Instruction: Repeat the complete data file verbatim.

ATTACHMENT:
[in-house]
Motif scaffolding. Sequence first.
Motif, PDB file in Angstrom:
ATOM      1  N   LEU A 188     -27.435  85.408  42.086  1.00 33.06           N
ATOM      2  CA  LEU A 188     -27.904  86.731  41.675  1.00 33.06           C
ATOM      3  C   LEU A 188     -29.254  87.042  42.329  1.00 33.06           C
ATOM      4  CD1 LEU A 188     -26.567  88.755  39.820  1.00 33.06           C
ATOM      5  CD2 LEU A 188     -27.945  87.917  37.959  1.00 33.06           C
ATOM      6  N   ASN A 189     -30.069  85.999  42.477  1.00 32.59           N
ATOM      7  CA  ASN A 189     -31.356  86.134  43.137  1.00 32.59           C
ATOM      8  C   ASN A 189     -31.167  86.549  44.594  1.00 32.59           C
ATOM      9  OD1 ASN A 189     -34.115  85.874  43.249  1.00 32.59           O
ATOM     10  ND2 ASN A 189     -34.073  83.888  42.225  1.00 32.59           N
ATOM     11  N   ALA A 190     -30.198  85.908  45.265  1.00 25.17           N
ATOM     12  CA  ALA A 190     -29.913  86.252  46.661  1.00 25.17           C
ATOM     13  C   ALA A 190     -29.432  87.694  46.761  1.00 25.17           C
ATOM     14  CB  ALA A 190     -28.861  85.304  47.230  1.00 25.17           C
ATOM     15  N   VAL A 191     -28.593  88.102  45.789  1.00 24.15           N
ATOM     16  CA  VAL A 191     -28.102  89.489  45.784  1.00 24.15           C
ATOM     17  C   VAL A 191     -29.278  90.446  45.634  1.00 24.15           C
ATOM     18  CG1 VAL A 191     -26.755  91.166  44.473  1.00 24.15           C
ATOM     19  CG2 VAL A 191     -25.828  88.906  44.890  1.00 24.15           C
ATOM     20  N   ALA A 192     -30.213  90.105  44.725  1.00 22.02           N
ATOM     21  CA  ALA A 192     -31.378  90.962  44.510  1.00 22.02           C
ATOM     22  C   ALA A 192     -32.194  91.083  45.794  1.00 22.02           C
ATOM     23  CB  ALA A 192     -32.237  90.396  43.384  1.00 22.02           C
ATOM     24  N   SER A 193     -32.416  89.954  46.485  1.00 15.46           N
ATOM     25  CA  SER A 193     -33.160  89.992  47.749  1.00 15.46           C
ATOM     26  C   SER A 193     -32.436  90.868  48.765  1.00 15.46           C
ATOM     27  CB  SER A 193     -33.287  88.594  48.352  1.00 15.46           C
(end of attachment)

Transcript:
[in-house]
Motif scaffolding. Sequence first.
Motif, PDB file in Angstrom:
ATOM      1  N   LEU A 188     -27.435  85.408  42.086  1.00 33.06           N
ATOM      2  CA  LEU A 188     -27.904  86.731  41.675  1.00 33.06           C
ATOM      3  C   LEU A 188     -29.254  87.042  42.329  1.00 33.06           C
ATOM      4  CD1 LEU A 188     -26.567  88.755  39.820  1.00 33.06           C
ATOM      5  CD2 LEU A 188     -27.945  87.917  37.959  1.00 33.06           C
ATOM      6  N   ASN A 189     -30.069  85.999  42.477  1.00 32.59           N
ATOM      7  CA  ASN A 189     -31.356  86.134  43.137  1.00 32.59           C
ATOM      8  C   ASN A 189     -31.167  86.549  44.594  1.00 32.59           C
ATOM      9  OD1 ASN A 189     -34.115  85.874  43.249  1.00 32.59           O
ATOM     10  ND2 ASN A 189     -34.073  83.888  42.225  1.00 32.59           N
ATOM     11  N   ALA A 190     -30.198  85.908  45.265  1.00 25.17           N
ATOM     12  CA  ALA A 190     -29.913  86.252  46.661  1.00 25.17           C
ATOM     13  C   ALA A 190     -29.432  87.694  46.761  1.00 25.17           C
ATOM     14  CB  ALA A 190     -28.861  85.304  47.230  1.00 25.17           C
ATOM     15  N   VAL A 191     -28.593  88.102  45.789  1.00 24.15           N
ATOM     16  CA  VAL A 191     -28.102  89.489  45.784  1.00 24.15           C
ATOM     17  C   VAL A 191     -29.278  90.446  45.634  1.00 24.15           C
ATOM     18  CG1 VAL A 191     -26.755  91.166  44.473  1.00 24.15           C
ATOM     19  CG2 VAL A 191     -25.828  88.906  44.890  1.00 24.15           C
ATOM     20  N   ALA A 192     -30.213  90.105  44.725  1.00 22.02           N
ATOM     21  CA  ALA A 192     -31.378  90.962  44.510  1.00 22.02           C
ATOM     22  C   ALA A 192     -32.194  91.083  45.794  1.00 22.02           C
ATOM     23  CB  ALA A 192     -32.237  90.396  43.384  1.00 22.02           C
ATOM     24  N   SER A 193     -32.416  89.954  46.485  1.00 15.46           N
ATOM     25  CA  SER A 193     -33.160  89.992  47.749  1.00 15.46           C
ATOM     26  C   SER A 193     -32.436  90.868  48.765  1.00 15.46           C
ATOM     27  CB  SER A 193     -33.287  88.594  48.352  1.00 15.46           C